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FairyTale: A True Story

Review by Eddie Cockrell
Posted 24 October 1997

rfairy.gif (25616 bytes)   Directed by Charles Sturridge

Starring Florence Hoath, Elizabeth Earl,
Paul McGann, Phoebe Nicholls, Peter O'Toole,
Harvey Keitel, Bill Nighy,
Bob Peck, and Tim McInnerny

Screenplay by Ernie Contreras,
from a story by Albert Ash and Tom McLoughlin

"It is a trick," intones Harry Houdini (Harvey Keitel) by way of explaining a bit of hocus pocus to a group he's just dazzled at the dinner table of Sir Arthur Conan Doyle (Peter O'Toole). "But, I hope, a very good one." Sadly, the movie magic of FairyTale: A True Story, while indeed very good, is only intermittently enchanting; proof, once again, that special effects don't necessarily make a movie special.

In 1917, as England is demoralized by World War One and the ravages inflicted by it on the country's young men, two girls are brought together as a direct result of the conflict. With her mother dead and her father fighting in Europe, 10-year-old Frances Griffith (Elizabeth Earl) arrives from Africa to live with her Aunt Polly (Phoebe Nicholls) and Uncle Arthur (Paul McGann, the "I" in Bruce Robinson's scabrously funny 1986 British cult film Withnail & I) and their 12-year-old daughter Elsie (Florence Hoath) in a picturesque Yorkshire village. Along with her brother Joseph, who has since died of pneumonia, Elsie fancies herself an expert on the fairies she claims live "at the bottom of the garden" (near a brook some ways from the house) and has many drawings to validate these sightings.

Using a camera "borrowed" on impulse, the girls disappear into the dell and emerge with photographs of the fairies. An attempt to keep the pictures secret is short-lived, as copies are passed by Aunt Polly to renown Theosophist Edward Gardner (Bill Nighy) and to the then-popular author and spiritualist Conan Doyle, who believes so much in the magical images (he's grief-stricken over losing a son in the war) that he writes a book on the subject. He also engages in good-natured debate with Houdini, who is skeptical of such otherworldly things but genuinely charming to the girls. Meanwhile, conniving reporter John Ferret (Tim McInnerny) tracks down the bucolic village and the house and grounds are soon overrun by strangers desperate to catch their very own sprite (one hunter even brings a butterfly net).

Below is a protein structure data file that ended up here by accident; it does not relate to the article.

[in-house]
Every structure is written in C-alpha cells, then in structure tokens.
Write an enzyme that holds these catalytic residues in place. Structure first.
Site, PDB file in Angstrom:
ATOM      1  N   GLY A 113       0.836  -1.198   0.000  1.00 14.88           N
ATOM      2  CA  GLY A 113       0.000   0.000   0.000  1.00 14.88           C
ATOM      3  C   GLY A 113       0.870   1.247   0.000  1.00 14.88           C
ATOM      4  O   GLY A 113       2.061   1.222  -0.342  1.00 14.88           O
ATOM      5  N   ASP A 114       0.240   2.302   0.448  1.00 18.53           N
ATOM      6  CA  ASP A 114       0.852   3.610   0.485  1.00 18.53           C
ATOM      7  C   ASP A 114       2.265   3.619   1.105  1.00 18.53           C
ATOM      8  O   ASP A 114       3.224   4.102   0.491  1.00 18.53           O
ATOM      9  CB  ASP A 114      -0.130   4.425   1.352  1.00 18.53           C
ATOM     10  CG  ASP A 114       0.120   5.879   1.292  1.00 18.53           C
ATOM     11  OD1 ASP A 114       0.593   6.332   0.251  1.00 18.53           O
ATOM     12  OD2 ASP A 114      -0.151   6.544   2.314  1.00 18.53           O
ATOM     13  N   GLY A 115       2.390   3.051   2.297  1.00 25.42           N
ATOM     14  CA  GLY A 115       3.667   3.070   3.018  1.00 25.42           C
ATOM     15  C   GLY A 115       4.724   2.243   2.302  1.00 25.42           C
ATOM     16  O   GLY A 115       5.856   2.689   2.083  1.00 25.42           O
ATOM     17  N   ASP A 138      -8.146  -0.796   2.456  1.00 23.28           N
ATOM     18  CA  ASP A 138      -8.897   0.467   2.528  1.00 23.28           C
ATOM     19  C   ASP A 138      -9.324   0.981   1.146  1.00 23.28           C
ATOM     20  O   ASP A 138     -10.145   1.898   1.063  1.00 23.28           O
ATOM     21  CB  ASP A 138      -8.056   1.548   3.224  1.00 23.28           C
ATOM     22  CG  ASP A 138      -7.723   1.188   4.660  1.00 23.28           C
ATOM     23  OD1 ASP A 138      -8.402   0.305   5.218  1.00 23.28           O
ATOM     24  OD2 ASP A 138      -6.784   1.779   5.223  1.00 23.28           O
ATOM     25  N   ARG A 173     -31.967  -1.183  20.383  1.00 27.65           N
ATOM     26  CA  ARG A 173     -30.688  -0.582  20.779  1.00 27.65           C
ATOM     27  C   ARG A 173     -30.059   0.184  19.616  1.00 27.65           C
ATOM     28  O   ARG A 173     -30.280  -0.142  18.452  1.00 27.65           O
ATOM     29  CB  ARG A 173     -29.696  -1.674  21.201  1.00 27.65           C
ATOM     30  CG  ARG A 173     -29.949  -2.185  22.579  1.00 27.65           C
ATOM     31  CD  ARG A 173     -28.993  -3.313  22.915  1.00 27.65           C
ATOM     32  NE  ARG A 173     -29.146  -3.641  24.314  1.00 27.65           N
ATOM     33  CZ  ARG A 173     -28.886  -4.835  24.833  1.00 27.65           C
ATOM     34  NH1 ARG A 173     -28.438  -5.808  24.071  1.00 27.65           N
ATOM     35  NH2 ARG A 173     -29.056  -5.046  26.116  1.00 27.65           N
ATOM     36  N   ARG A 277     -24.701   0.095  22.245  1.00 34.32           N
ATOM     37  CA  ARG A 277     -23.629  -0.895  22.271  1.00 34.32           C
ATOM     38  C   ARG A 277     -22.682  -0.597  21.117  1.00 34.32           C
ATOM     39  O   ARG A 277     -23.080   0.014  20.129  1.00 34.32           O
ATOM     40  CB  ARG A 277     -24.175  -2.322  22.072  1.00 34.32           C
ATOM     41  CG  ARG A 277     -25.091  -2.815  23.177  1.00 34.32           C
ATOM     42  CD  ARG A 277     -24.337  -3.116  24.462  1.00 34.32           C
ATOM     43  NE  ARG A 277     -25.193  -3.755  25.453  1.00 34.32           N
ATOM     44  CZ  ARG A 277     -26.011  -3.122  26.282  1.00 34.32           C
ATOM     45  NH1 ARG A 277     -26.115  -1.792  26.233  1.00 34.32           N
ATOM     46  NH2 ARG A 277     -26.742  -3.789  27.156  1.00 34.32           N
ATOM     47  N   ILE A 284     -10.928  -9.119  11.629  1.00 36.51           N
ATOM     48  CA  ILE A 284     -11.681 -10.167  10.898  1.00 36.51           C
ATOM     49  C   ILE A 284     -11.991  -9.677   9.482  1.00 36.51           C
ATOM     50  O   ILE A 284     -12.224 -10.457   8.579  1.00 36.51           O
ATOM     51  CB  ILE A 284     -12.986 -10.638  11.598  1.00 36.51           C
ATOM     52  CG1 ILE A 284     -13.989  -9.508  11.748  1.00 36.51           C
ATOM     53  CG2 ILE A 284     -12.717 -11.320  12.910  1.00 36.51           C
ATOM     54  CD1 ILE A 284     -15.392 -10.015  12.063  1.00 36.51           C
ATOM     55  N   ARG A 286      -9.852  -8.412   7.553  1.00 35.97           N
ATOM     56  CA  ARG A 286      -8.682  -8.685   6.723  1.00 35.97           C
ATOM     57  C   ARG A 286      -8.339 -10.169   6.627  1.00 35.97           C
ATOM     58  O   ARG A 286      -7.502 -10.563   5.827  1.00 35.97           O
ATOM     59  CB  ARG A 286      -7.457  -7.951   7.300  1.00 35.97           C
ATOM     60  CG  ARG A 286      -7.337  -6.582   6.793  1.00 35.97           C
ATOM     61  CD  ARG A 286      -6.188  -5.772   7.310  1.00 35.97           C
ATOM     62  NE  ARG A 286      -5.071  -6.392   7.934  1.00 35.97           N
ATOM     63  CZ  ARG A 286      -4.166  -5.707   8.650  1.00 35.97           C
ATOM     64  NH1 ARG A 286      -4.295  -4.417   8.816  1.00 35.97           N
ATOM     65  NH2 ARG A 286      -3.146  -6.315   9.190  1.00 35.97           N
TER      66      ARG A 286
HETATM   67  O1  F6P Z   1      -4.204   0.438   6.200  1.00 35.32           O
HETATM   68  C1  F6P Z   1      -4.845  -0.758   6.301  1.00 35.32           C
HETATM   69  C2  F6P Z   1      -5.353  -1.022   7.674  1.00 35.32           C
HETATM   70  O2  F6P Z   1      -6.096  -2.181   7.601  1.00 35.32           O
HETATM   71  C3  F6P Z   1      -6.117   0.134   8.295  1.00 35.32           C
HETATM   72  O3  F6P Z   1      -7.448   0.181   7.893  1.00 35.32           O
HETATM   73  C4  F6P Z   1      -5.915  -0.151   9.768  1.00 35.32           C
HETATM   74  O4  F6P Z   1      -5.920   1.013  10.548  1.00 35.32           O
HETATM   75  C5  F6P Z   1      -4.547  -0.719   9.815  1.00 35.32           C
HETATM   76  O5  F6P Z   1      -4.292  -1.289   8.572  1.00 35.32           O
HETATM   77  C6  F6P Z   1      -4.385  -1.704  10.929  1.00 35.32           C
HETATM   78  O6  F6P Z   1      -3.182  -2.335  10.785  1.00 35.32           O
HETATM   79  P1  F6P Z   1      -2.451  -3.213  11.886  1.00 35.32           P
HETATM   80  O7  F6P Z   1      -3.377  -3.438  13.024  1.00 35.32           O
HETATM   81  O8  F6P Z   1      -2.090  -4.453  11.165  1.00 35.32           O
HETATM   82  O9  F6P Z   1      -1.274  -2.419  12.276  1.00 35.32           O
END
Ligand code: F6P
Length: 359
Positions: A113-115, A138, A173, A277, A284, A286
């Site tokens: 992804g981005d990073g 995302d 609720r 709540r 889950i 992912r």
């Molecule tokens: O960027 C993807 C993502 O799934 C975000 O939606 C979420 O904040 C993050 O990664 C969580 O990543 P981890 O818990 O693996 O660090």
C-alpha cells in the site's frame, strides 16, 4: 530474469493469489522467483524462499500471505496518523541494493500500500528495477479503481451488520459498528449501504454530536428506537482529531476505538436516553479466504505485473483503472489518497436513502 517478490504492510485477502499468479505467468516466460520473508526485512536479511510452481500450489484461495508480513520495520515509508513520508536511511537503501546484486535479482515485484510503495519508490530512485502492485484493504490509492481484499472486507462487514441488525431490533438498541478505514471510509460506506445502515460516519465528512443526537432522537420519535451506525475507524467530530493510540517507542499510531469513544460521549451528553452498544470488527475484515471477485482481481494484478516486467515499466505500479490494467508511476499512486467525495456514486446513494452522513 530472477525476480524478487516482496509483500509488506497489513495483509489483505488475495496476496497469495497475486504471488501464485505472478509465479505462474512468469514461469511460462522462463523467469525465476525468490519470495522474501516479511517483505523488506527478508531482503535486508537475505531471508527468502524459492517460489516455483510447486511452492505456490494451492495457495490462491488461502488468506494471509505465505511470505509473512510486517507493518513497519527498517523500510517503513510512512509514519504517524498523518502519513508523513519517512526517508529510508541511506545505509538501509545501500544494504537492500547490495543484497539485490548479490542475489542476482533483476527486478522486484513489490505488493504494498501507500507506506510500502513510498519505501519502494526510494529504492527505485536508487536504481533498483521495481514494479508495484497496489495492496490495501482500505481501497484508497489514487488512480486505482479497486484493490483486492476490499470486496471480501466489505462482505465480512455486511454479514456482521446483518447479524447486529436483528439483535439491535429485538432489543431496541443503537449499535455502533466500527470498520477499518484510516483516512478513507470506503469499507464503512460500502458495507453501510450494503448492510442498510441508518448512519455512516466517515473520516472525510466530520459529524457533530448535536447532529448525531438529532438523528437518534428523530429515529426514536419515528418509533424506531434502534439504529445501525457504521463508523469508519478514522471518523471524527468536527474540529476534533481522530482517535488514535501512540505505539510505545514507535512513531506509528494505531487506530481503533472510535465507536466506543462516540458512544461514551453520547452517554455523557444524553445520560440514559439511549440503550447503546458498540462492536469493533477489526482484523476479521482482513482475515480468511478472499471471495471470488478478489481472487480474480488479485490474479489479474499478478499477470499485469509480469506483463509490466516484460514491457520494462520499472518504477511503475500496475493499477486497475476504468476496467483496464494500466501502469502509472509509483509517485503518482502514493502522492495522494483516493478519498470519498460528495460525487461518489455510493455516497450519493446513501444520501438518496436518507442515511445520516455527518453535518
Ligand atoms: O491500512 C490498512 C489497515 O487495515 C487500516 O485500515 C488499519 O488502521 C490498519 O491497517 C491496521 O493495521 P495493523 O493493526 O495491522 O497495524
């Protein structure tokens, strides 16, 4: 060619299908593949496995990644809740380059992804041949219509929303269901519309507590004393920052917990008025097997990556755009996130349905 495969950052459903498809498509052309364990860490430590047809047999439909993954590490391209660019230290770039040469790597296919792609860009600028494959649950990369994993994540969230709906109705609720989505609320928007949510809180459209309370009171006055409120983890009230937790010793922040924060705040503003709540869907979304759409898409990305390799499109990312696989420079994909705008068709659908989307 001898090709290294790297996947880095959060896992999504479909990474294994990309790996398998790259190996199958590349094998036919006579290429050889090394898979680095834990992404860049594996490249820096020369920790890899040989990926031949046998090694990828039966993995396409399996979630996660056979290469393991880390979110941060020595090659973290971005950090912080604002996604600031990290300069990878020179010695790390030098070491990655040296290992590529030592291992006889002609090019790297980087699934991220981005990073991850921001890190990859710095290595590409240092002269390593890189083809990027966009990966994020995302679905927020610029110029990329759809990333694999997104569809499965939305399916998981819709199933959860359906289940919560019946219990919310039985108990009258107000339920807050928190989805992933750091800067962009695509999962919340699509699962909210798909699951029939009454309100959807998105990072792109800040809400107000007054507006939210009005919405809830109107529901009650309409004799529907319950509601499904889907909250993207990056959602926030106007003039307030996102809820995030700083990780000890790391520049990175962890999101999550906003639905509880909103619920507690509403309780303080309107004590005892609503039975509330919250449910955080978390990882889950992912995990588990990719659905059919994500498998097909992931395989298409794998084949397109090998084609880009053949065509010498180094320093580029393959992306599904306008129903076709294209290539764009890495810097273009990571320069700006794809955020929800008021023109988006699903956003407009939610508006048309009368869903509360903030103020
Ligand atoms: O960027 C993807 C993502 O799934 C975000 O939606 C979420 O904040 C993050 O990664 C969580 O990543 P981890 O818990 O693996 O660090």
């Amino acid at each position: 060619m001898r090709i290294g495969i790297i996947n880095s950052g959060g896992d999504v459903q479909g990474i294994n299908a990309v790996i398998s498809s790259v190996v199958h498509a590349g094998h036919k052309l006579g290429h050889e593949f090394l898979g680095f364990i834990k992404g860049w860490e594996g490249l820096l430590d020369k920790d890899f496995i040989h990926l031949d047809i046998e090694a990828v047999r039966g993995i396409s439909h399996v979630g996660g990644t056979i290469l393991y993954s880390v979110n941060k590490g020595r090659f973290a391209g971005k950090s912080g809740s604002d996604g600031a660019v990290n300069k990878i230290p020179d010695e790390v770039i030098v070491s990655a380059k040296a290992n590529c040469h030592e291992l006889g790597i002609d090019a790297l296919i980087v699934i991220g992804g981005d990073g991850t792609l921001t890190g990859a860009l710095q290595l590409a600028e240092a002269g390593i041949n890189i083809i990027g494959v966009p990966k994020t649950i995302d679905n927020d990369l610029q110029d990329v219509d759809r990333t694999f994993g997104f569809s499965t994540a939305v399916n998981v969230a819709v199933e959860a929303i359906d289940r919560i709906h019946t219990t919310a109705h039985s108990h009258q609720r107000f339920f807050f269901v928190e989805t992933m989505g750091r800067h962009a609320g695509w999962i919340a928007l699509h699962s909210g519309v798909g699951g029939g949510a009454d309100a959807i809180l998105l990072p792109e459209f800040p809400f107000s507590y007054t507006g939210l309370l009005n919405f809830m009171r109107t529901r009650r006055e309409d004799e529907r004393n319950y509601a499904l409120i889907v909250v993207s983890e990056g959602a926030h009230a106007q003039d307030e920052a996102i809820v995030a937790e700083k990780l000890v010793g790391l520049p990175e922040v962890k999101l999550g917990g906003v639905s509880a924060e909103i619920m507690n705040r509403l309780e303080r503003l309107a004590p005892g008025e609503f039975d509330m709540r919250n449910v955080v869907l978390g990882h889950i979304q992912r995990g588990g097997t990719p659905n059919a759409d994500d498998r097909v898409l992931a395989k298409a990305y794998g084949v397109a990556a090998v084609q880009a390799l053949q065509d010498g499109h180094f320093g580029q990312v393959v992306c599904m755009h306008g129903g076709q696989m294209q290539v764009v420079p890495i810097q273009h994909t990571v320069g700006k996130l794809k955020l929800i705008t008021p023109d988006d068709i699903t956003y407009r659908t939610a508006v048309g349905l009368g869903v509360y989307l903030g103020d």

The climax provides the movie's most magical scene, as the girls are visited in the attic bedroom they share by what seems to be the entire colony of fairies at about the same time Frances' father (an uncredited Mel Gibson) arrives home from the war unannounced.

The events are based on a fascinating true story, although the movie never clarifies this. It seems there really were two girls in England who produced photographs which inspired a forerunner to the almost daily media circuses of today. Although there's no doubt in the film that the fairies exist – they're onscreen not long into the picture – the actual taking of the photos occurs offscreen, and the reporter's discovery of fairy cutouts in Joseph's bedroom indicates that the movie still wants to create an air of "do-they-or-don't-they" mystery about the fairies' existence.

But by emphasizing this sense of wonder, the filmmakers squander the opportunity to create a lively and insightful tension between the melancholy Conan Doyle and the strapping Houdini that would have driven home the era's conflicts between the spiritual and the worldly with much more power and clarity. And when the movie finally does create the fairy world, Gibson shows up and gets the audience whispering so much that the spell is immediately broken.

One need only compare FairyTale to the thematically similar – and sadly overlooked – 1995 production A Little Princess (an orphaned girl, an attic wonderland, the World War I era) to begin to see where things might have gone wrong. FairyTale has a hushed tone throughout, as if it was so awed with itself that reverence overcame exuberance. This is a fatal flaw for a film that styles itself as family oriented, as the compromised results are too stately and complex for children and too uninvolving for adults.

Other than the fairy effects themselves, which are utterly convincing (each, uh, little entity is given a name in the closing credits), the other behind-the-camera standout is Polish composer Zbigniew Preisner (the Kieslowski trilogy Blue/White/Red), whose music goes a long way towards giving the film it's special mood.

A note about the title, for those who follow such things: transcribed as "Fairytale," and "Fairy Tale" in various reviews, the title on the screen and in the adds appears to favor the latter, although the words are close enough together to suggest the more evocative "FairyTale." Whichever you prefer, the confusion is indicative of the movie's fundamental conflict. "Masters of illusion never reveal their secrets," Houdini tells another knot of people, palpably yearning for insight to the confusion and pain of the era that they're hardly in touch with. In the end, FairyTale: A True Story could have benefited enormously from a great deal more emotional revelation than it is willing to offer.  

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